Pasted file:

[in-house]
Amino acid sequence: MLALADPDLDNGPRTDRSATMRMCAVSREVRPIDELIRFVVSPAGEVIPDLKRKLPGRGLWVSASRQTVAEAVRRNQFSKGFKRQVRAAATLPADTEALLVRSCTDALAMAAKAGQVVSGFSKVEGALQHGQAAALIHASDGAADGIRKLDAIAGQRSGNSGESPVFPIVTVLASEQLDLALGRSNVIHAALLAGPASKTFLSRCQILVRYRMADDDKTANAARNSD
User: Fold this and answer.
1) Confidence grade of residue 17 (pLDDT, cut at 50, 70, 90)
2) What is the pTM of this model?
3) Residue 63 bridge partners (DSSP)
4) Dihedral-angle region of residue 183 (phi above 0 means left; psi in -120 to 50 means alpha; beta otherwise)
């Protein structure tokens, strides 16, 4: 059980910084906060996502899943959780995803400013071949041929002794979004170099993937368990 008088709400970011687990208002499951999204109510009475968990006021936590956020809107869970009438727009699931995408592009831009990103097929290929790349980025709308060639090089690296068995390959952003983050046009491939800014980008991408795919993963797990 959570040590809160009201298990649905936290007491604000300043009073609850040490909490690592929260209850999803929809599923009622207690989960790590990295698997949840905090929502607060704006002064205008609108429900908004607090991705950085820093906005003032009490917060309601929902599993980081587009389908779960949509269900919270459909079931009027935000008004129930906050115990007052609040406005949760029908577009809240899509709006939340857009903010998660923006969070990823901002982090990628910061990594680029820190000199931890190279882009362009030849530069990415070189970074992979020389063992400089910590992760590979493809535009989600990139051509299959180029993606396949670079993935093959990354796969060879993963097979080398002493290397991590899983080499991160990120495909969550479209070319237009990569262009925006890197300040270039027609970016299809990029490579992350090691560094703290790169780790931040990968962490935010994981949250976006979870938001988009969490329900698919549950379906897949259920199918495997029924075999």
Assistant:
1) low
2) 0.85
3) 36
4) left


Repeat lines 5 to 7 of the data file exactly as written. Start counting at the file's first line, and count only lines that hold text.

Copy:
2) What is the pTM of this model?
3) Residue 63 bridge partners (DSSP)
4) Dihedral-angle region of residue 183 (phi above 0 means left; psi in -120 to 50 means alpha; beta otherwise)